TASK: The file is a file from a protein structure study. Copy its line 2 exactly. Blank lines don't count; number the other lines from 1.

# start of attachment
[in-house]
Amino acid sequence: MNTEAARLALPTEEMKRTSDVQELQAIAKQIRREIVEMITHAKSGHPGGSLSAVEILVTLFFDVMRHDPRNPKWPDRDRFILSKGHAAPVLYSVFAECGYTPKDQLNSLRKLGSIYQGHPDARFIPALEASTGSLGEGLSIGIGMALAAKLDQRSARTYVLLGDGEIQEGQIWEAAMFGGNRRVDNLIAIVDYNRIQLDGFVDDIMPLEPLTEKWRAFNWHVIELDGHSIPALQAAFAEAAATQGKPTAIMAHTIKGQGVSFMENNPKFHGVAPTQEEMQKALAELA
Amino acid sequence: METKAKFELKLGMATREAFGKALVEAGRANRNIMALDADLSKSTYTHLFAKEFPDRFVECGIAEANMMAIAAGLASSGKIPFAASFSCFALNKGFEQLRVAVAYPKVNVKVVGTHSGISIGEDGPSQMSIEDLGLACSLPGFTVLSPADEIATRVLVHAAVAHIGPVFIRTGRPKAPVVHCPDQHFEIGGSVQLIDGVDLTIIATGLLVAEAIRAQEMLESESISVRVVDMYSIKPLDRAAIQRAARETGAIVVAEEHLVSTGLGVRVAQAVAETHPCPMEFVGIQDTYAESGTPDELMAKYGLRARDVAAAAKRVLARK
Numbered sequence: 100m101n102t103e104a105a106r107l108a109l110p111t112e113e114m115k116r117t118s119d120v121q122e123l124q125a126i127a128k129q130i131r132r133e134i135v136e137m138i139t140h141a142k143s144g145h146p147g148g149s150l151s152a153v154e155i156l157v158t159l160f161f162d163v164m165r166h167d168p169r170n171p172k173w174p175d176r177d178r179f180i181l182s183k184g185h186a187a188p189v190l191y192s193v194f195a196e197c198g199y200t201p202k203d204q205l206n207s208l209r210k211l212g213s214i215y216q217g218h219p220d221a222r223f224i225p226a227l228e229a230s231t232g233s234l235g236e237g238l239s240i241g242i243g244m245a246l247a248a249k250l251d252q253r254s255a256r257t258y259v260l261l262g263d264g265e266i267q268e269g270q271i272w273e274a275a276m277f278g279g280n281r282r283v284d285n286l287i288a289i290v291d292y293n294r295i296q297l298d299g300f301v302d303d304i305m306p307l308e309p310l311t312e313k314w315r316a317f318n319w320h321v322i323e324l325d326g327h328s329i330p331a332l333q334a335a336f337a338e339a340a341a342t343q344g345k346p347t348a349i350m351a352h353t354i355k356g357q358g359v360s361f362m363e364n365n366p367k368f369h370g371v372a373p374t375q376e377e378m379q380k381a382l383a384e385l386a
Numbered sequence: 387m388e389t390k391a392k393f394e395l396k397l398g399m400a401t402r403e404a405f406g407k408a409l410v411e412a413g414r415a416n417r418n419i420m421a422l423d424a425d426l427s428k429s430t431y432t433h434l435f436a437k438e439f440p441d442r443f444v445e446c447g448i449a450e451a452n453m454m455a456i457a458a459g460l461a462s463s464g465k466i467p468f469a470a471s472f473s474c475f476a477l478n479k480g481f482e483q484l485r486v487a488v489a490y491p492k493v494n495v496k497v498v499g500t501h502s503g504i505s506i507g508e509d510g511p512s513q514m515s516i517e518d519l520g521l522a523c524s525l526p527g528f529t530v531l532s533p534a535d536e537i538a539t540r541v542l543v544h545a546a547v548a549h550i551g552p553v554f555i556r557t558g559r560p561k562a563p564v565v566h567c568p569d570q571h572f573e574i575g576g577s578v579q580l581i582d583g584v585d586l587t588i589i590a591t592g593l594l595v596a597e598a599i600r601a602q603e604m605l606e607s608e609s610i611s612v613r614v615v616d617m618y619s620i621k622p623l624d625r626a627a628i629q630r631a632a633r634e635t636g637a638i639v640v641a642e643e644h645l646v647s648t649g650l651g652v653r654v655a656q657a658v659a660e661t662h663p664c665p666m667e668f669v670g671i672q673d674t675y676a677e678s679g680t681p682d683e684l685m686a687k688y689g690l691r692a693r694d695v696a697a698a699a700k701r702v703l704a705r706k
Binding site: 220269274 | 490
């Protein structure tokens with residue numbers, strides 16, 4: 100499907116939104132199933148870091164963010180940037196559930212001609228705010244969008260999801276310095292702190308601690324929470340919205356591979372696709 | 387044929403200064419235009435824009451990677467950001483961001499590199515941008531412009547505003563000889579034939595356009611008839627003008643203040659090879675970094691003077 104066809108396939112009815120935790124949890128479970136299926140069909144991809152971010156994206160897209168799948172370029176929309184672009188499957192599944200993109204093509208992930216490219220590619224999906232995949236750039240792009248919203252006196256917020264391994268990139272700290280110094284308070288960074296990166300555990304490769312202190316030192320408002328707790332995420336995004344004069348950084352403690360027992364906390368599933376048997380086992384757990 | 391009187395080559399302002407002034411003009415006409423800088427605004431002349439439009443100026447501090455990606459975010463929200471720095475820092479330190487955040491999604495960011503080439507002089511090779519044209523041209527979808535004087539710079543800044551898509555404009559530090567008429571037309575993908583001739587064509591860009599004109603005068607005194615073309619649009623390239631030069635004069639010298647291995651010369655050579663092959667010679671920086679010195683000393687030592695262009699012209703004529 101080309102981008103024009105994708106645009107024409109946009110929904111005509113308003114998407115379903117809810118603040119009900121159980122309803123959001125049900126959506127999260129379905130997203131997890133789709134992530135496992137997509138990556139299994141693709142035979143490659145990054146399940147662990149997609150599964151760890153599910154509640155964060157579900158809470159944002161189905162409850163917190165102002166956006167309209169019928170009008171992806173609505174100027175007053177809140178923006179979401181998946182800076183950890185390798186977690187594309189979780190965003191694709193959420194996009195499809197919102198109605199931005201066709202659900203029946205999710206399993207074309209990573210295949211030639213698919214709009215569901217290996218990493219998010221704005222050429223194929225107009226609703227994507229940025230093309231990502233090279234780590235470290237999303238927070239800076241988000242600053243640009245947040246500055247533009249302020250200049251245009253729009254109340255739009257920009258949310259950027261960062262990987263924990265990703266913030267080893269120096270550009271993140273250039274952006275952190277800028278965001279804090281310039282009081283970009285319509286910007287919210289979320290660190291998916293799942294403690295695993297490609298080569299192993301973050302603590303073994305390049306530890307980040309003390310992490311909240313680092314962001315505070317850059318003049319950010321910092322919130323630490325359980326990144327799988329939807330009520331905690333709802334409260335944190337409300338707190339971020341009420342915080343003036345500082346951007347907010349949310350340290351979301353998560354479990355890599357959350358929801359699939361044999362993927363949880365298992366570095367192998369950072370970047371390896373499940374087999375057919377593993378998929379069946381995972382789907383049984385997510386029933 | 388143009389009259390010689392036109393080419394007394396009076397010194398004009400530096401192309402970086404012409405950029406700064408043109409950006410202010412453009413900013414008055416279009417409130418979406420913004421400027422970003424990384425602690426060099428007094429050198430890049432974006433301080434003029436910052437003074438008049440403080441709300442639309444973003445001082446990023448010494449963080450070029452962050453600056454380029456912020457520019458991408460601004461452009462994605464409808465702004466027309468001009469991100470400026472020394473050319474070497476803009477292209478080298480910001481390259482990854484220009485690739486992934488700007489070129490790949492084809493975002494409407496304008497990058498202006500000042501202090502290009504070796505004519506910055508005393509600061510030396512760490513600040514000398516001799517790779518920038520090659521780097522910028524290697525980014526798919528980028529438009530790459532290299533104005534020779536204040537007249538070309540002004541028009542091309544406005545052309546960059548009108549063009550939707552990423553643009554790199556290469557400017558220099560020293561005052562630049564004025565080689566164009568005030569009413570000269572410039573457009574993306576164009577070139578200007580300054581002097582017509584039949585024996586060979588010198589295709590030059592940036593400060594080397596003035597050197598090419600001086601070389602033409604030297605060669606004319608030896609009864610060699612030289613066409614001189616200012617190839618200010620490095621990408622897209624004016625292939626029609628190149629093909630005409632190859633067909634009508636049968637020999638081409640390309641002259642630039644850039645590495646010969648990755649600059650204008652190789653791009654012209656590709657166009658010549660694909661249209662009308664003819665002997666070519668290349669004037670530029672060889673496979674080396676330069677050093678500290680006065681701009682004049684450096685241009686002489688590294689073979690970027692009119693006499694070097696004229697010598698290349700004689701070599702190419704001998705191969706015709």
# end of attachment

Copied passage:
Amino acid sequence: MNTEAARLALPTEEMKRTSDVQELQAIAKQIRREIVEMITHAKSGHPGGSLSAVEILVTLFFDVMRHDPRNPKWPDRDRFILSKGHAAPVLYSVFAECGYTPKDQLNSLRKLGSIYQGHPDARFIPALEASTGSLGEGLSIGIGMALAAKLDQRSARTYVLLGDGEIQEGQIWEAAMFGGNRRVDNLIAIVDYNRIQLDGFVDDIMPLEPLTEKWRAFNWHVIELDGHSIPALQAAFAEAAATQGKPTAIMAHTIKGQGVSFMENNPKFHGVAPTQEEMQKALAELA